Ocelot Oil, 847 F.2d at 1464 (quoting
United States v. United States Gypsum Co., 333 U.S.
364, 395 (1948)). Arguments not made to the magistrate judge
are deemed waived and may not be raised for the first time on
review. See McCormick v. City of Lawrence, Kan., 218
F.R.D. 687, 693 n.4 (D. Kan. 2003) (citing Marshall v.
Chater, 75 F.3d 1421, 1426 (10th Cir. 1996)).
magistrate judge rejected defendant's argument that the
report is protected by work-product immunity. Specifically,
the magistrate judge ruled that defendant had failed to
satisfy its burden to show that the report was prepared in
anticipation of litigation. The Court concludes that the
magistrate judge did not clearly err in so ruling.
Federal Rules provide that ordinarily a party may not
discover documents prepared in anticipation of litigation by
or for another party. See Fed. R. Civ. P.
26(b)(3)(A). As defendant concedes, and as courts in this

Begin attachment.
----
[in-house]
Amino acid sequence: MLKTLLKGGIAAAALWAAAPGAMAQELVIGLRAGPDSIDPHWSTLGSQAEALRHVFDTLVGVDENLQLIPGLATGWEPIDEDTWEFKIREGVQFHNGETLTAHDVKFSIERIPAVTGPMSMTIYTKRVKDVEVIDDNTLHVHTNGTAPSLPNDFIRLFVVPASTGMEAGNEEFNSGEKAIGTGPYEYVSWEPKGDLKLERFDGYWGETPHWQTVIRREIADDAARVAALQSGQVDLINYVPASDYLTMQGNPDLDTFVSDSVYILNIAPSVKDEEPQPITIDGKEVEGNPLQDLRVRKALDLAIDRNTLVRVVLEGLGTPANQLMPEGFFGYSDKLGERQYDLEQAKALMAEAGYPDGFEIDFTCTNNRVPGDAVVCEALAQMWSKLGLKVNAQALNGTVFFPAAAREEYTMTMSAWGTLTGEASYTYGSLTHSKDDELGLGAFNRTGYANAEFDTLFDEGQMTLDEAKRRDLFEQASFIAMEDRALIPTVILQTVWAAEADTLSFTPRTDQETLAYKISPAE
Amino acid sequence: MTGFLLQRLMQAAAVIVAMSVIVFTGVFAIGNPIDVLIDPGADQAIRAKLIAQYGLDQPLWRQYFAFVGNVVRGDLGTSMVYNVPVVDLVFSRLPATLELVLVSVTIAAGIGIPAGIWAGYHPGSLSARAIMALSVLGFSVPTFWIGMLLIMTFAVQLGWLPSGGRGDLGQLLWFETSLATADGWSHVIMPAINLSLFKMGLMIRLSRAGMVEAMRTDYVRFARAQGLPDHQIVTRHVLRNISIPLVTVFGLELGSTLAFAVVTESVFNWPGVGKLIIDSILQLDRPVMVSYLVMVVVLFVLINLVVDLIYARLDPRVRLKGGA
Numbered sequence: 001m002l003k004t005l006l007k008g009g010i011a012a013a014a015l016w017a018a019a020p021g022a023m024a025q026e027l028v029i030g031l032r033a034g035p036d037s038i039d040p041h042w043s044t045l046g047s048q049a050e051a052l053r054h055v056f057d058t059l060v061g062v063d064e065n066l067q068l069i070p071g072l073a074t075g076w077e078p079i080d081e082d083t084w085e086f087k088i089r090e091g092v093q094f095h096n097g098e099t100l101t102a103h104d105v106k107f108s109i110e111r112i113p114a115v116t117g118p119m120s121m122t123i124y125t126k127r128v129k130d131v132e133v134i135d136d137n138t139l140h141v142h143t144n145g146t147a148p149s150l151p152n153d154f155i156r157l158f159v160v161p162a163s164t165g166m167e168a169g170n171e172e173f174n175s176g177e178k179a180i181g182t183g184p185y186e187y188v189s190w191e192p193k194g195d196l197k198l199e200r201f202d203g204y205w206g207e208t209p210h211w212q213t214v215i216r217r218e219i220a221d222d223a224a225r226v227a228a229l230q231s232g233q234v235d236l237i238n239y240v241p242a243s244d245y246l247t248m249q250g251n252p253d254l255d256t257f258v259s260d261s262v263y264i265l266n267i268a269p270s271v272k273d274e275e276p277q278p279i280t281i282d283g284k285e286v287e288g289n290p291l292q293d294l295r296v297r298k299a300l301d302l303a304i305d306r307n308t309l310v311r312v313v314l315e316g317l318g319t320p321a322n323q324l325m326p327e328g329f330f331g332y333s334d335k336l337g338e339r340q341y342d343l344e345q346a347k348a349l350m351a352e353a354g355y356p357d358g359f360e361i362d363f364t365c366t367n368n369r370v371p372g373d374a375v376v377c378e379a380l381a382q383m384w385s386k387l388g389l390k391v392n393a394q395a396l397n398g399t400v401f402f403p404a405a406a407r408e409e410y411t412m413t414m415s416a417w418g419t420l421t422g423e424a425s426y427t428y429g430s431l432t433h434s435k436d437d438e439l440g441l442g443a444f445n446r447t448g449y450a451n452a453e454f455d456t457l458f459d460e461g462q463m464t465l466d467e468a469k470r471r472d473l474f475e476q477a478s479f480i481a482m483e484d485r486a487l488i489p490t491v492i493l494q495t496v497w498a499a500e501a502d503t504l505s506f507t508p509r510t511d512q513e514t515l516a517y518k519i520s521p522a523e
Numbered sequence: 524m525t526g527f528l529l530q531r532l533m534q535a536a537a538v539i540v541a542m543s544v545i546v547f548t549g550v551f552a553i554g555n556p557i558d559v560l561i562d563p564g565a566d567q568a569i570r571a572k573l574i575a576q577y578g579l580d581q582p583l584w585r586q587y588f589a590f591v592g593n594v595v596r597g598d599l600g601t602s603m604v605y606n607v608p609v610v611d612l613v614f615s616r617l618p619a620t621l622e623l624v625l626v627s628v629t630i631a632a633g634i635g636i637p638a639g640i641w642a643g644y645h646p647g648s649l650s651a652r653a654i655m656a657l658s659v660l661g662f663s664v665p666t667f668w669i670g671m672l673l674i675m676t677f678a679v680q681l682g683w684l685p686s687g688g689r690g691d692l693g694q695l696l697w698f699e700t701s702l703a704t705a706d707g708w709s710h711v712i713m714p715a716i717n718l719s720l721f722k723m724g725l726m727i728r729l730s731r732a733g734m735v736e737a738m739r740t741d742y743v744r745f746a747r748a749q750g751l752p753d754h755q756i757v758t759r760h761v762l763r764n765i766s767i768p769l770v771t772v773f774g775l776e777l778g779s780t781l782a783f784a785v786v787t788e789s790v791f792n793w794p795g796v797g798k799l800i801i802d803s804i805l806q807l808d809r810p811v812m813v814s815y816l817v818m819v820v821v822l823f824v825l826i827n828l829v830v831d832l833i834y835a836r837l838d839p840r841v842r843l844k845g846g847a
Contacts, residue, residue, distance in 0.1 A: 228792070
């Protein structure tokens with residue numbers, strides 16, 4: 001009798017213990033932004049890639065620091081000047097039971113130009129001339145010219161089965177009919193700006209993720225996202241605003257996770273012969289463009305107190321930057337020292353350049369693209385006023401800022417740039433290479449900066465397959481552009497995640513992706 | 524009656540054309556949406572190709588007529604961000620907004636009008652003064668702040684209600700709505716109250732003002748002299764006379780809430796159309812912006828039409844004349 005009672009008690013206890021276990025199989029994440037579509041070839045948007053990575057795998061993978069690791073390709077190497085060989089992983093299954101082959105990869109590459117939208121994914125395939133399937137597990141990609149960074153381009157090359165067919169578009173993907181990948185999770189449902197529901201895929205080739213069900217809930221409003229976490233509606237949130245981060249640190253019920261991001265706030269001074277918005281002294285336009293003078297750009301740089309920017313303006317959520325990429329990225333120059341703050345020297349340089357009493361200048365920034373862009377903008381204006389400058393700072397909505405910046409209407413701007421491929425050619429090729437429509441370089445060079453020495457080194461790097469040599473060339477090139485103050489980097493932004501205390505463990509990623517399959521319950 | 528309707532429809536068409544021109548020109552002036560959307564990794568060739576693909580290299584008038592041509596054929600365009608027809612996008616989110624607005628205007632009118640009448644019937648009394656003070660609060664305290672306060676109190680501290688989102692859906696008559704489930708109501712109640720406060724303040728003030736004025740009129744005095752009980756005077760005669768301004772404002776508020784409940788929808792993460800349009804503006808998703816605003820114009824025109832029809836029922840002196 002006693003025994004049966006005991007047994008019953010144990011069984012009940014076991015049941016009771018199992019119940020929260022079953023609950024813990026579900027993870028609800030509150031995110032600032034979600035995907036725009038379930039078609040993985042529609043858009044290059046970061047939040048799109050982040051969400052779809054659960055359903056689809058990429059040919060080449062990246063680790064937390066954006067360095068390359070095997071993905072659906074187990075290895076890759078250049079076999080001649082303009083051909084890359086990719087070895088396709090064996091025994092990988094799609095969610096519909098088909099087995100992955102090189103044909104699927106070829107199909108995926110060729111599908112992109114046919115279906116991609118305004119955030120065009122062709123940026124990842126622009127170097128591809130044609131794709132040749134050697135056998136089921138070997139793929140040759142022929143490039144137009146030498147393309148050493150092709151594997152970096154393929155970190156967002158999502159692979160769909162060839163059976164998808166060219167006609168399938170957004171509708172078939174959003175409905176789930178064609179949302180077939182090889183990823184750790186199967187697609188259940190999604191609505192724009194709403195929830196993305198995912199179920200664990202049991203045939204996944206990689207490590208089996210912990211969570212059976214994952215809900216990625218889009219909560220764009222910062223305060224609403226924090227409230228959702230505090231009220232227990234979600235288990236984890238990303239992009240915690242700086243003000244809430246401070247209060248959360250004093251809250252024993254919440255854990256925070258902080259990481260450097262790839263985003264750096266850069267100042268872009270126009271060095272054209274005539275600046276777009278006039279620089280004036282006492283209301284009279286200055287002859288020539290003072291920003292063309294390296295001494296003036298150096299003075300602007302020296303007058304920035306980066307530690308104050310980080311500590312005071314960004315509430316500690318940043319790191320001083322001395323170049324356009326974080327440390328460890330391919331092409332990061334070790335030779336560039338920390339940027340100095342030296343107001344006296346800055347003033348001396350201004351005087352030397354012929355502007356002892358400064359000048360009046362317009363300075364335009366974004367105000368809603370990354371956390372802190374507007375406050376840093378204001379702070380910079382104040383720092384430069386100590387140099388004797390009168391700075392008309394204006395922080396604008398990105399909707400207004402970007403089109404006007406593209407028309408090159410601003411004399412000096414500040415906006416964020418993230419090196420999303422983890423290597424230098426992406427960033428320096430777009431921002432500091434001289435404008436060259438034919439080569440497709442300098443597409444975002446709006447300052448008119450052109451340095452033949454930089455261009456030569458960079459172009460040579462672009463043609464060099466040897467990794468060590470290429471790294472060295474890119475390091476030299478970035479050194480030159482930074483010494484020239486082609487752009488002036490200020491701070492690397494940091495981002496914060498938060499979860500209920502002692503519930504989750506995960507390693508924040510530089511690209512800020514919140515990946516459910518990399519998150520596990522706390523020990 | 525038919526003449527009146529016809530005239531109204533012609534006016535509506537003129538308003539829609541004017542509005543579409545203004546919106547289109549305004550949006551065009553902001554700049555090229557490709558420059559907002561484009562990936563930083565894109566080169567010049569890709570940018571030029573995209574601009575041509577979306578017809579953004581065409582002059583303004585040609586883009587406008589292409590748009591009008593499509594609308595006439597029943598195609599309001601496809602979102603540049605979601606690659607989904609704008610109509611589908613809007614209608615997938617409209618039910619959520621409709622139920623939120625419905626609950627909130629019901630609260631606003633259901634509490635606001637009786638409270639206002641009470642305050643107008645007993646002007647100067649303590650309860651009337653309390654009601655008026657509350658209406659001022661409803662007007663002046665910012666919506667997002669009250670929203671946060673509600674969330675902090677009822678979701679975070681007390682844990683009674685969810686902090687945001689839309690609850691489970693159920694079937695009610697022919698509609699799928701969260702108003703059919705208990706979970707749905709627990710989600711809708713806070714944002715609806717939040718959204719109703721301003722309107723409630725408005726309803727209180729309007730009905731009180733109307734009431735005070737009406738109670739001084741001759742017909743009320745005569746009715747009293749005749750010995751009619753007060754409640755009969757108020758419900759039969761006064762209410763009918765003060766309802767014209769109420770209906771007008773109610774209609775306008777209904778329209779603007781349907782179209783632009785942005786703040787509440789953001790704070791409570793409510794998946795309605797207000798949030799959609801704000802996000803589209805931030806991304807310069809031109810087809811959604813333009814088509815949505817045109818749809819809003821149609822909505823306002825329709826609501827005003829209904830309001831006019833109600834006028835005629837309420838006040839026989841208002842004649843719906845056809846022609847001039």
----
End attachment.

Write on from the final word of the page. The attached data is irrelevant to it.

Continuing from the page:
district have consistently held, the applicable test for
anticipation has both a causative (subjective) and a
reasonableness (objective) component. See, e.g.,
Hale v. Emporia State Univ., 2018 WL 953110, at *6
(D. Kan. Feb. 20, 2018). The party asserting the immunity
bears the burden of establishing that the immunity applies.
See Id. That burden “can be met only by an
evidentiary showing based on competent evidence, ” and
it cannot be discharged “by mere conclusory or ipse
dixit assertions.” See U.S. Fire Ins. Co. v. Bunge
N. Am., Inc., 247 F.R.D. 656, 658 (D. Kan. 2007) (citing
McCoo v. Denny's Inc., 192 F.R.D. 675, 680 (D.
Kan. 2000)). The magistrate judge concluded that defendant
failed to establish either component.
defendant must establish that the report was actually
prepared in anticipation of litigation. In this regard,
courts look to “the primary motivating purpose behind
the creation of the document;” documents created in the
ordinary course of business or for other non-litigation
purposes are not protected by the work-product doctrine.
See Id. (quoting Kannaday v. Ball, 292
F.R.D. 640, 649 (D. Kan. 2013)). A court generally requires
more than mere assertions that documents were created in
anticipation of litigation. See Bunge, 247 F.R.D. at
658 (D. Kan. 2007) (quoting Marten v. Yellow Freight
Sys., Inc., 1998 WL 13244, at *10 (D. Kan. Jan. 6,
1998)). A “blanket claim” that the immunity